I work in a rather peculiar place called the Centre for Student Involvement (more commonly known by its unfortunate acronym, the “CSI”).
It’s not peculiar for what it is — a place to find some inspiring students, a tremendous cast of supportive staff, and important supplies for campus clubs and initiatives — but for what it’s not.
You might know a lot of “involved” students, like those in the Greek system, CiTR, UBC REC, the Ski and Board Club, the Chinese Varsity Club, or any number of the 300 or so AMS clubs. But to most of them, uttering the words CSI will elicit only one sort of reaction: “It’s derivative. David Caruso is undoubtedly cool, but aren’t we over procedural crime dramas?”
If you are not involved with one of UBC’s house brand initiatives — the Student Leadership Conference, Imagine Day, Orientations, the Terry Project (where I work), etc. — when was the last time you set foot in this centre? Granted, it was never meant to be the Centre of Student Involvement, but neither was it meant to be an obscure periphery.
Everyone says they would like to make a vibrant campus of this quiet commuter school, and the Centre for Student Involvement is UBC’s million-dollar effort at doing just that. Therein lies the peculiarity of it; how could such a resource be so under-utilized?
Perhaps the easier way to answer this question is to ask another: What do students actually need if they are to be involved in their campus community?
They need to learn a lot in a short four years. I needed to learn how to work collaboratively with a team, how to chair a meeting, how to speak in public and to media, how to transition to an incoming executive and how to promote events on campus. Additionally, I needed a patient friend to walk me through what the AMS actually does, and a wise one that could tell me how to get faculty, staff and students to support my initiatives.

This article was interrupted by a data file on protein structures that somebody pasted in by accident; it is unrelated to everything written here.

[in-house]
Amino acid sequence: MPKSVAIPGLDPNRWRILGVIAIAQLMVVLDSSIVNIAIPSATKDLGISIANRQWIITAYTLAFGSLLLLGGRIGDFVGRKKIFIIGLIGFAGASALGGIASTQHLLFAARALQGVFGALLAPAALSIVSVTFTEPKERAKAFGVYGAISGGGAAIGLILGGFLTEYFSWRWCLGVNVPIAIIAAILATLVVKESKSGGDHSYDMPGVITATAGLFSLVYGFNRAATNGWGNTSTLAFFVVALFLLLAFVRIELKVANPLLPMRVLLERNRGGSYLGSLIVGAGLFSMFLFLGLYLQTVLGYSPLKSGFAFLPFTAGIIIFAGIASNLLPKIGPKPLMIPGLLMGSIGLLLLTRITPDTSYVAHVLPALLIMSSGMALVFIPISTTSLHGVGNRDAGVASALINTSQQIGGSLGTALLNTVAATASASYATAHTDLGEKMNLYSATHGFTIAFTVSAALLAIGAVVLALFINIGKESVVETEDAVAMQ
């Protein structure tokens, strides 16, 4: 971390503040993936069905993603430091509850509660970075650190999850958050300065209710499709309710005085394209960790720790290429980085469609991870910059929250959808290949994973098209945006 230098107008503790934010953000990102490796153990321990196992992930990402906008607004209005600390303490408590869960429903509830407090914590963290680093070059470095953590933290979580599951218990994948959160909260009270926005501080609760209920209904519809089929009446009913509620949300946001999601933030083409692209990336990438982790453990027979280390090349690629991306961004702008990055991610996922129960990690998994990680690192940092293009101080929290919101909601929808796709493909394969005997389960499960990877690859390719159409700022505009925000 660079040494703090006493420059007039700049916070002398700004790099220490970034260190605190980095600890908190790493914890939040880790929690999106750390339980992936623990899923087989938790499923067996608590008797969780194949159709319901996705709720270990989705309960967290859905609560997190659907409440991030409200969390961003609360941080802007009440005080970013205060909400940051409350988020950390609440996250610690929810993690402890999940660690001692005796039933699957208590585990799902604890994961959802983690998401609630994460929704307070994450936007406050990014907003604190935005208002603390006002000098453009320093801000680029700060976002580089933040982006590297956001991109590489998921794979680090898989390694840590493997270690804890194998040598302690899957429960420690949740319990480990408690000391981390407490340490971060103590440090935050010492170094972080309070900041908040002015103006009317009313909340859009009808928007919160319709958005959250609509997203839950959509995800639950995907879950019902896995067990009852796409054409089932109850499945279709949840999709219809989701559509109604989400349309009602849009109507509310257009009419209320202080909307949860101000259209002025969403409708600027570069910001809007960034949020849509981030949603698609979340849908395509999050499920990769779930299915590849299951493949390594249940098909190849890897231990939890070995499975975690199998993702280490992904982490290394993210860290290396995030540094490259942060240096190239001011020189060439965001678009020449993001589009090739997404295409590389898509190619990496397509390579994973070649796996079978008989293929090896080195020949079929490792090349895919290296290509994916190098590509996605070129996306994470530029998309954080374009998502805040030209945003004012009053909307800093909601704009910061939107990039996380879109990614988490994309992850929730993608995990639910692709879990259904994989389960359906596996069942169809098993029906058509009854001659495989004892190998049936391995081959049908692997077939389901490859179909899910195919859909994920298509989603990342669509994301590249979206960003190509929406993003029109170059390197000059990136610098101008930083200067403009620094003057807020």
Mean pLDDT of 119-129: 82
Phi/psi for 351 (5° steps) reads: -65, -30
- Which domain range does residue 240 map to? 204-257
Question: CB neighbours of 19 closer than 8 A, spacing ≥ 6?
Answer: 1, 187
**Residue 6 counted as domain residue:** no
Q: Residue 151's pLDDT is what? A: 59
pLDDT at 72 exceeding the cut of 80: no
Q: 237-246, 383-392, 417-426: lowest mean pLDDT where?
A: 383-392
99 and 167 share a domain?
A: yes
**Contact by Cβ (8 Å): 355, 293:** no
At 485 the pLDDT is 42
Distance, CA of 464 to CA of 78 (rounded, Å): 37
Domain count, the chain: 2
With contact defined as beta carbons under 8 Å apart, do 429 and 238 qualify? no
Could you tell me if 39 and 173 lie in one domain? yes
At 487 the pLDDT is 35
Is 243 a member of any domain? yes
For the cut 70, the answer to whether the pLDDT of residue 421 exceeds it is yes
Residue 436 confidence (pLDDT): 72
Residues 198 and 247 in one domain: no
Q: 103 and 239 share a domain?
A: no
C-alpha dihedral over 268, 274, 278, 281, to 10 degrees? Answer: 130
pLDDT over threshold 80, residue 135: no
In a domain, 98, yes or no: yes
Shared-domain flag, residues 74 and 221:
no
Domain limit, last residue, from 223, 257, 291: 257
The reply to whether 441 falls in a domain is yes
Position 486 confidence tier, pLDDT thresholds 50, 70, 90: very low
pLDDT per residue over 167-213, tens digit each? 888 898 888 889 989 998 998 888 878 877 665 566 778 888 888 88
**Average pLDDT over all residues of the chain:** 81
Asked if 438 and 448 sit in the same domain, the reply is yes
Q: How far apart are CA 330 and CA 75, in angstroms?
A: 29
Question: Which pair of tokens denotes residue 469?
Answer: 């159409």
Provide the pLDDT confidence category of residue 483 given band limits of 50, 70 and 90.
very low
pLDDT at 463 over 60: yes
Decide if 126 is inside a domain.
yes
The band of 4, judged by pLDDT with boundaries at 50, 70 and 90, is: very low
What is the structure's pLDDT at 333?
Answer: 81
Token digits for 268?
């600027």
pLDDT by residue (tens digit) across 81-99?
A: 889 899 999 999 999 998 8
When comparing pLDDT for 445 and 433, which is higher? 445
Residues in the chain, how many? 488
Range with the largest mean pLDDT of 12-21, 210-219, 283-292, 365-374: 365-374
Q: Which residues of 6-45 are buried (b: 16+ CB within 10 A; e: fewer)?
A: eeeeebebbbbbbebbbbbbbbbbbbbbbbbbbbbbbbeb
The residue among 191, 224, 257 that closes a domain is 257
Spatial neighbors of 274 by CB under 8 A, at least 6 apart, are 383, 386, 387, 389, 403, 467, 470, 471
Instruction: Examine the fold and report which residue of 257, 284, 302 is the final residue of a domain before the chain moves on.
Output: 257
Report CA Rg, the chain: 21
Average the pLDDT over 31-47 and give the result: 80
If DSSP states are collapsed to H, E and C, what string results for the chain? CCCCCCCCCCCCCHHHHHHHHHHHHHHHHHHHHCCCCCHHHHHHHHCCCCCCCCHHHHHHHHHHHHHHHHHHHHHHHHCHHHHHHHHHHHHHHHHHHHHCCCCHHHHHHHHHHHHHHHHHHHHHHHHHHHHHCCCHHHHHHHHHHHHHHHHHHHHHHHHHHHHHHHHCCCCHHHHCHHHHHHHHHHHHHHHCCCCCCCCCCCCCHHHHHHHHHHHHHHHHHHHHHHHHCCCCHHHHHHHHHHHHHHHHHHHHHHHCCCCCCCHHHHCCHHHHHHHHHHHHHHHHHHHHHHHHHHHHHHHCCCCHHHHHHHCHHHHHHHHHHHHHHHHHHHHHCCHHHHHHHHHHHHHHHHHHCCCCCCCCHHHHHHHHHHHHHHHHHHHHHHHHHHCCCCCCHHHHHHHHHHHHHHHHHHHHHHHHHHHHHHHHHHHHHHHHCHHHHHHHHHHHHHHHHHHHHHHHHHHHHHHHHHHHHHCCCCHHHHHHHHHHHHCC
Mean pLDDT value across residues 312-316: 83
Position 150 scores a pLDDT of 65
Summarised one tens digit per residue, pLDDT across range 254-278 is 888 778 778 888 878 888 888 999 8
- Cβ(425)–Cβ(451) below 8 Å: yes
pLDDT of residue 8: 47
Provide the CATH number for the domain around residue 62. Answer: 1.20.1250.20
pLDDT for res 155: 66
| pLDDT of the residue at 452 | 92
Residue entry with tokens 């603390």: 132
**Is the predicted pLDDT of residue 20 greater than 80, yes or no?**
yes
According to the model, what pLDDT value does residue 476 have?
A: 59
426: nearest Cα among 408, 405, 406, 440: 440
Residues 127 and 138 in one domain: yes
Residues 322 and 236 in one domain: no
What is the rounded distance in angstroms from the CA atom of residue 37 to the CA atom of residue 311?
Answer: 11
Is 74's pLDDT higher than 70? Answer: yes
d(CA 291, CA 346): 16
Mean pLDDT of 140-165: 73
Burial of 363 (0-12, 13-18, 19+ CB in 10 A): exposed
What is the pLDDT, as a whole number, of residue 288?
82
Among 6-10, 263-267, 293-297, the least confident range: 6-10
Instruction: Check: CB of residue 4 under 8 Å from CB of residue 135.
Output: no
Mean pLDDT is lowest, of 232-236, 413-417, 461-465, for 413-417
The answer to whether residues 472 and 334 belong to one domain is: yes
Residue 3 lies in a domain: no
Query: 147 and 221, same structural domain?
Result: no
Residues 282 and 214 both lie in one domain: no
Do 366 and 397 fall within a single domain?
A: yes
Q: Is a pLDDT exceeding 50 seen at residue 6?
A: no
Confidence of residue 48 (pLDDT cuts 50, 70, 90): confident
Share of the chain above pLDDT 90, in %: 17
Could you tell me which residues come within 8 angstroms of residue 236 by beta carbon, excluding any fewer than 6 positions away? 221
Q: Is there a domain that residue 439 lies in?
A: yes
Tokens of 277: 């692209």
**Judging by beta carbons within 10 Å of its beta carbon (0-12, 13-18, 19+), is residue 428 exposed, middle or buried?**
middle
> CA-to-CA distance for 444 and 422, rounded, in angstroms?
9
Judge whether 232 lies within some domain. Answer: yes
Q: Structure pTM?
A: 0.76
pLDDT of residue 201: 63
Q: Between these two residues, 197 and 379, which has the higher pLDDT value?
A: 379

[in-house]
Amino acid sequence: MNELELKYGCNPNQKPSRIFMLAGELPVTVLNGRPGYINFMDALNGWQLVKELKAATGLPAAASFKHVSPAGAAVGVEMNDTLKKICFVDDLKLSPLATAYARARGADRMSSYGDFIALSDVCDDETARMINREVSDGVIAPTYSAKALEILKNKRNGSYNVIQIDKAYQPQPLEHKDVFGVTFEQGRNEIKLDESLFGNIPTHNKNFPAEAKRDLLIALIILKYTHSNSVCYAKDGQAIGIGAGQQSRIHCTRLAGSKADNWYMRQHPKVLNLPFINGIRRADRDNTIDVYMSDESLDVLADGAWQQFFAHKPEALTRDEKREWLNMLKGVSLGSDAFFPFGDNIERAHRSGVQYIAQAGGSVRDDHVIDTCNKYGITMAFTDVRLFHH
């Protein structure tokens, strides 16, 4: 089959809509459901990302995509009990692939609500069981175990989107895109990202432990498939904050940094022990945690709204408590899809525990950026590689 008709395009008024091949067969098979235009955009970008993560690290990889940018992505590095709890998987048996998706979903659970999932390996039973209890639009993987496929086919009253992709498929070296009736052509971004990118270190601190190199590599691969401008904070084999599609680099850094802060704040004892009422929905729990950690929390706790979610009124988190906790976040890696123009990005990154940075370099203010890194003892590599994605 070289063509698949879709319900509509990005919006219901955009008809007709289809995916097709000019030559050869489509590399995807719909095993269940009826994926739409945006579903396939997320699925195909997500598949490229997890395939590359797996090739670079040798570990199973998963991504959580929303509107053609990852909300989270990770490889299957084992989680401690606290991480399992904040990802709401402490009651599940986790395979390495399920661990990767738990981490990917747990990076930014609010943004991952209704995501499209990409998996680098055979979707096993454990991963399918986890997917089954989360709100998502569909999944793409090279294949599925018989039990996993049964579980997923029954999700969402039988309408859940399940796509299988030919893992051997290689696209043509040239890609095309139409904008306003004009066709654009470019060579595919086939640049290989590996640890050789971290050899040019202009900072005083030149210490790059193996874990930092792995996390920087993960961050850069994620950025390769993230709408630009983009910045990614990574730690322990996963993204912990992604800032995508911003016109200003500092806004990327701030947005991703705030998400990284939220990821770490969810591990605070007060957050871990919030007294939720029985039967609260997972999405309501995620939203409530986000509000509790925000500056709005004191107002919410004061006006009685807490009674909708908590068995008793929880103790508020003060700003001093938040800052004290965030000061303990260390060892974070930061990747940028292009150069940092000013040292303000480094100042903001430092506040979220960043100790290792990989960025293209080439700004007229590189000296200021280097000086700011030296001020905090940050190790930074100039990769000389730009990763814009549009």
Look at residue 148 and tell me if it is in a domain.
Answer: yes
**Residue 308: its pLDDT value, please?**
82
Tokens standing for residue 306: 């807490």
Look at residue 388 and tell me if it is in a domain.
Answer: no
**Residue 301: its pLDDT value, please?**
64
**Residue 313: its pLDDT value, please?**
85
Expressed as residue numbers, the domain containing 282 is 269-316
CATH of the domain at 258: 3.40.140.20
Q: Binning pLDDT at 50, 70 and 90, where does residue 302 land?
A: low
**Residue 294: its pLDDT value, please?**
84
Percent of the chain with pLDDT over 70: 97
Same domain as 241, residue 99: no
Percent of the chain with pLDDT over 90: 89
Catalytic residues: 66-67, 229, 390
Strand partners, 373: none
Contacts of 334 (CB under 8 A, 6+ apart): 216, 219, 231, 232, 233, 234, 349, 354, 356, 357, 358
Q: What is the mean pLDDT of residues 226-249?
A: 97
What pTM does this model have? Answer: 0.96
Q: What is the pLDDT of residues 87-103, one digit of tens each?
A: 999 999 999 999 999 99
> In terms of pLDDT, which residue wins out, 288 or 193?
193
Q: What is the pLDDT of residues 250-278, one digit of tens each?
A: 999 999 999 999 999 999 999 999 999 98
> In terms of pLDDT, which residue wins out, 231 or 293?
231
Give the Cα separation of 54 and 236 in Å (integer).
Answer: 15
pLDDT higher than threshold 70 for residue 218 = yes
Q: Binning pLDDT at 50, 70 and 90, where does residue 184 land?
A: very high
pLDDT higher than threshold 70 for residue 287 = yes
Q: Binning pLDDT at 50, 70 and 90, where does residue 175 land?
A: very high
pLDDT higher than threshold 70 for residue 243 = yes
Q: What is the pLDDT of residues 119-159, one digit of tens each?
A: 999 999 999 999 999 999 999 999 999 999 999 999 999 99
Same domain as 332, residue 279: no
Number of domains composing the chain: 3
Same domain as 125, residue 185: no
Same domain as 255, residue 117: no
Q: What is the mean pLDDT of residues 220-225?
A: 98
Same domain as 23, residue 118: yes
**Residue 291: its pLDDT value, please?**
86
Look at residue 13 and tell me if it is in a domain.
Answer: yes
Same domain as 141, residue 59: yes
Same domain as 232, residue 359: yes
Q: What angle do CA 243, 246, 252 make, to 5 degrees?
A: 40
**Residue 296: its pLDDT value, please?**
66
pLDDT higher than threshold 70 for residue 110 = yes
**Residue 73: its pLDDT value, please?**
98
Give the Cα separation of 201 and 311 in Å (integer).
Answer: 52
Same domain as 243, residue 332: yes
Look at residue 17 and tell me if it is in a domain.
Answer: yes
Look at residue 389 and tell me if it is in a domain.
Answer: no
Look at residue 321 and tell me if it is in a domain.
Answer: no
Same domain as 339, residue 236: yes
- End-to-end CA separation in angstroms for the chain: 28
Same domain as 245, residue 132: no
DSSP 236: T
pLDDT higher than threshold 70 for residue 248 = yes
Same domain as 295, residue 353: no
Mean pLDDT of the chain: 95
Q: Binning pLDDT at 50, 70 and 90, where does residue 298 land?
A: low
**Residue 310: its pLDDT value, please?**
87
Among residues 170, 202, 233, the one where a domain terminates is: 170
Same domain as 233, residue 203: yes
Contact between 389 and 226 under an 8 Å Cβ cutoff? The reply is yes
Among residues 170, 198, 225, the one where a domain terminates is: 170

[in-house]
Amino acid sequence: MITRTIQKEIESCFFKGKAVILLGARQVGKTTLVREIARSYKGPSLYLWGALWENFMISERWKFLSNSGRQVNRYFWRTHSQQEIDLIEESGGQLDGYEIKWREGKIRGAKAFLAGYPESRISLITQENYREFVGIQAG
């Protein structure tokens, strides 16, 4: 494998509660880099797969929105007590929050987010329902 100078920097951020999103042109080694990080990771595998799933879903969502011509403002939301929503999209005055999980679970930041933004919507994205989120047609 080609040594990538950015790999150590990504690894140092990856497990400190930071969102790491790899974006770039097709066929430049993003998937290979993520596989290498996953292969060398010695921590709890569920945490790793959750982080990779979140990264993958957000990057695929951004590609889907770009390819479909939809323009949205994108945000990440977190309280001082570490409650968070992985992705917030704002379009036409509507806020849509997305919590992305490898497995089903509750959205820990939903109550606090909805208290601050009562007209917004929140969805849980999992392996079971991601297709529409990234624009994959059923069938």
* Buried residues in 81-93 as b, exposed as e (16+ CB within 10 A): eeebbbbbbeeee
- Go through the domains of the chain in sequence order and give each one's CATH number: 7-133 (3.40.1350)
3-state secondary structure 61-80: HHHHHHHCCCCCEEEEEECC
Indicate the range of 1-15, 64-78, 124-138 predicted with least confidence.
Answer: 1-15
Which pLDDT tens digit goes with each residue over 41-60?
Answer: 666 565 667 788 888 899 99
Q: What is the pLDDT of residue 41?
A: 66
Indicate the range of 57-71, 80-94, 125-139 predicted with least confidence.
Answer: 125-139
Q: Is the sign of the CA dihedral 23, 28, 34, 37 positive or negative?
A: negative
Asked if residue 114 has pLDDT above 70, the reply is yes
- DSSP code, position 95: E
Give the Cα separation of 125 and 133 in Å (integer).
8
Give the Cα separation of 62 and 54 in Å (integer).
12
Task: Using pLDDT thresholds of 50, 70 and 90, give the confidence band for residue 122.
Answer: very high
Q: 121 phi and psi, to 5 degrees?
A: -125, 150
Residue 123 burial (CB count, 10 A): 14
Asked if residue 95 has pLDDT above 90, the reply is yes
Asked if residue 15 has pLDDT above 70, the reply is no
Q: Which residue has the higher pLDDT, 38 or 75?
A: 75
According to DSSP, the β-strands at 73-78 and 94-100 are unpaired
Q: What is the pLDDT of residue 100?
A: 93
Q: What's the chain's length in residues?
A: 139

After four years, I have learned these things, but now I’m graduating. Fortunately, the Centre for Student Involvement will still be here. It should focus more on providing this sort of support and guidance, using its expertise to teach incoming students what it took me so long to learn.
There are signs that they are moving in this direction. Staff are looking at building workshops and online resources (“chairing an effective meeting”, “how to obtain sponsorship” and “how to transition,” are all subjects being floated around). Most encouragingly, they are partnering with the AMS and seeking out campus clubs to lead this workshop program. When clubs were surveyed, a vast majority responded “yes” or “maybe” when asked if they would participate (less than 10 per cent said they would not).
This is a welcoming step towards broadening the reach of the Centre for Student Involvement and providing student initiatives the support they need. We should demand nothing less from a university that so routinely implores us to “get involved.”